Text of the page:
Selecting employees for redundancy

If you or your business needs to make staff cuts following on from the COVID-19 pandemic, you may want to start the selection process by asking all employees if anyone would be willing to agree to voluntary redundancy. This blanket request means that you are not singling out any individual employees and, therefore, minimises the risk of employees being selected for redundancy based on discriminatory reasons.

You can also select employees for redundancy by using the last in, first out method, or by selecting employees based on experience and job capability. If you have identified a particular department that is no longer required or performing to the required standards, you could also make redundancies based on department.

However you choose to select employees for redundancy, it is important that each employee is fairly selected. You need to ensure your redundancy process does not discriminate against any of your employees.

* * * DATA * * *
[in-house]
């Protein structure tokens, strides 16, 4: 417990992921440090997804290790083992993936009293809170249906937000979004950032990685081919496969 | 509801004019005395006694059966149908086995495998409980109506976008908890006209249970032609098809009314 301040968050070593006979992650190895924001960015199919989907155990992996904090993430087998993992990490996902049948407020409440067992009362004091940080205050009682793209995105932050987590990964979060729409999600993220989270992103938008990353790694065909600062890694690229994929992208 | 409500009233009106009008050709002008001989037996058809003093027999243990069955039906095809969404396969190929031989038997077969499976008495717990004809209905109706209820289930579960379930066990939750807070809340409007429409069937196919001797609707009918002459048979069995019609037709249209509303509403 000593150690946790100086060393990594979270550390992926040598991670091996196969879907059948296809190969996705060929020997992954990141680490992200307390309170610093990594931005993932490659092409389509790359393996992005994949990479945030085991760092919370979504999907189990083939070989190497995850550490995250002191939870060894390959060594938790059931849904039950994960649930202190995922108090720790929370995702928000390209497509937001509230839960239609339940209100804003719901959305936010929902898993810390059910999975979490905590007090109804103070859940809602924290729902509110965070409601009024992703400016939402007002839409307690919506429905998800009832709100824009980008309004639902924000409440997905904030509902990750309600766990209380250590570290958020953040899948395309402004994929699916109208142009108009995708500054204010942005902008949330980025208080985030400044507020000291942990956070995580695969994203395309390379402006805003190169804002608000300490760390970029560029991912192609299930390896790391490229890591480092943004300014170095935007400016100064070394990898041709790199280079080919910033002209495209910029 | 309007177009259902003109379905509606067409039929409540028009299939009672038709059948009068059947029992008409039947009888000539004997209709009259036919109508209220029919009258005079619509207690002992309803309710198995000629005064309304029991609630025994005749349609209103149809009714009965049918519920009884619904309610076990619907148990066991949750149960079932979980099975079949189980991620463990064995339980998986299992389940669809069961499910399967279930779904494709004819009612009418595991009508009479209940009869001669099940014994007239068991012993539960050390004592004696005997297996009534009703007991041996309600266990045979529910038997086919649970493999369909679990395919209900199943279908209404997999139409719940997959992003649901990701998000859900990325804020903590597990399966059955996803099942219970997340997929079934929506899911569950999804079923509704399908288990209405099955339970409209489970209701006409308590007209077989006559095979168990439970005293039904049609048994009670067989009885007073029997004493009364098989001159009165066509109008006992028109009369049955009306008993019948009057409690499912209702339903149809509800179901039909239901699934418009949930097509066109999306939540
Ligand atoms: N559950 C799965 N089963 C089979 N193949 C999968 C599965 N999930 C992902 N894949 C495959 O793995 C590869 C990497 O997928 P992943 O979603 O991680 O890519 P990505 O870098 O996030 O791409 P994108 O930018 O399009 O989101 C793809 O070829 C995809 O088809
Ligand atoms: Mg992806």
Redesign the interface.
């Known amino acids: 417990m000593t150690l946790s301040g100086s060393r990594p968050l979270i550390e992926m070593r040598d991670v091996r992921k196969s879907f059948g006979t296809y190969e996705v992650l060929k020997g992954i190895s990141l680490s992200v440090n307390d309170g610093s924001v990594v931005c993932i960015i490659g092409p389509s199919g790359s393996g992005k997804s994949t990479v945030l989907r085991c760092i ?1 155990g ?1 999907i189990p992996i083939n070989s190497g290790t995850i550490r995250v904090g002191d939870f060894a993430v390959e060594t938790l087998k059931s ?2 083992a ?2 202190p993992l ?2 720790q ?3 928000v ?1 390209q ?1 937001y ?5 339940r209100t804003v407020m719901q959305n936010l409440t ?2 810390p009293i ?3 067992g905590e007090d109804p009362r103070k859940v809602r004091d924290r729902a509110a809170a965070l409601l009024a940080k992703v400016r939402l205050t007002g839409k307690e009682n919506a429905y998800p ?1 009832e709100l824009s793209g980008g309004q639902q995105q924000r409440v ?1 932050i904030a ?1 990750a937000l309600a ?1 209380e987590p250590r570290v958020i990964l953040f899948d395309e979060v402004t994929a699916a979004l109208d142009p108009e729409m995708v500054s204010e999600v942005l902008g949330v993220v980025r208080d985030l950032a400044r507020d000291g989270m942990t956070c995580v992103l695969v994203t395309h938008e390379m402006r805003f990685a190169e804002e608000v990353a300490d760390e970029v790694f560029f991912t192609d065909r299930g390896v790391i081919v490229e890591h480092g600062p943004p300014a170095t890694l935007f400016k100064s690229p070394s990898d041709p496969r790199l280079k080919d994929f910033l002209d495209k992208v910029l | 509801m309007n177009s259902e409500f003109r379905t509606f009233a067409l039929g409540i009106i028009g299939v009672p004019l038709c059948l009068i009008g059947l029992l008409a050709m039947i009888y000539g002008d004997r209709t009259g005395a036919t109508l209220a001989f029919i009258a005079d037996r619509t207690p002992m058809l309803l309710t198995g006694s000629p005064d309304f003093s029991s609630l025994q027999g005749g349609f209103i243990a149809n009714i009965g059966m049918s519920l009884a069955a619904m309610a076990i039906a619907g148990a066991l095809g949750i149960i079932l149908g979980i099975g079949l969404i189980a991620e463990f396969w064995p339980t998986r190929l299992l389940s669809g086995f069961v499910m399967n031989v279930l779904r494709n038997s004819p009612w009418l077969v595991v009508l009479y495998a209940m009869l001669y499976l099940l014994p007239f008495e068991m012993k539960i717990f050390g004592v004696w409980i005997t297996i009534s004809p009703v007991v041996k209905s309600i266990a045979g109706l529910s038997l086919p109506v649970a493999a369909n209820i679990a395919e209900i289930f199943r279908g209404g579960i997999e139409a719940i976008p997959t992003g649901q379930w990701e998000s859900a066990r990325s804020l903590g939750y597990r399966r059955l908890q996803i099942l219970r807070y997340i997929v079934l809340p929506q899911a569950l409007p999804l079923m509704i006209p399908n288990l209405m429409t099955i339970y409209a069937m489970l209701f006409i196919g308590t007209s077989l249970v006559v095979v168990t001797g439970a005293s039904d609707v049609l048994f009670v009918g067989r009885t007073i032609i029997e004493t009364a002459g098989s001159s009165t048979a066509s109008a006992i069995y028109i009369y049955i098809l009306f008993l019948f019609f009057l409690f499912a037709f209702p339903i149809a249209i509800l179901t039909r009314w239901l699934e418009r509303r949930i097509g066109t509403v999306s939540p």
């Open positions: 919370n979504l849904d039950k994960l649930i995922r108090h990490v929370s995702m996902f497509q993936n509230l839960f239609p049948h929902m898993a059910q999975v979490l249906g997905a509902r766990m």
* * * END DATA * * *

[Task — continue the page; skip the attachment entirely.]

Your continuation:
Examples of unfair selection for redundancy

You should not select employees for redundancy based on their individual circumstances or based on personal factors. For example, selecting employees for redundancy based on the following factors could be considered unfair dismissal:

  • age
  • gender
  • sexual orientation
  • race
  • disability
  • religion
  • maternity leave, birth, or pregnancy
  • working pattern

When selecting employees for redundancy, make sure that your reason for terminating their contract does not relate to any personal factors, such as those stated above. If it does, your employee may be able to file an unfair dismissal claim against you.

How we can help you with your redundancy process

Before your business begins the redundancy process, you should gain legal guidance. Our friendly and experience Employment Law team will help you review your redundancy process to make sure it follows a correct and fair procedure.

If an employee has raised an unfair dismissal claim against your company, our employment lawyers can help you. We will review the case and explain how we can support you in this case to ensure the best result for your business.

Get in touch today to find out how we can support you with your employment law queries or requirements.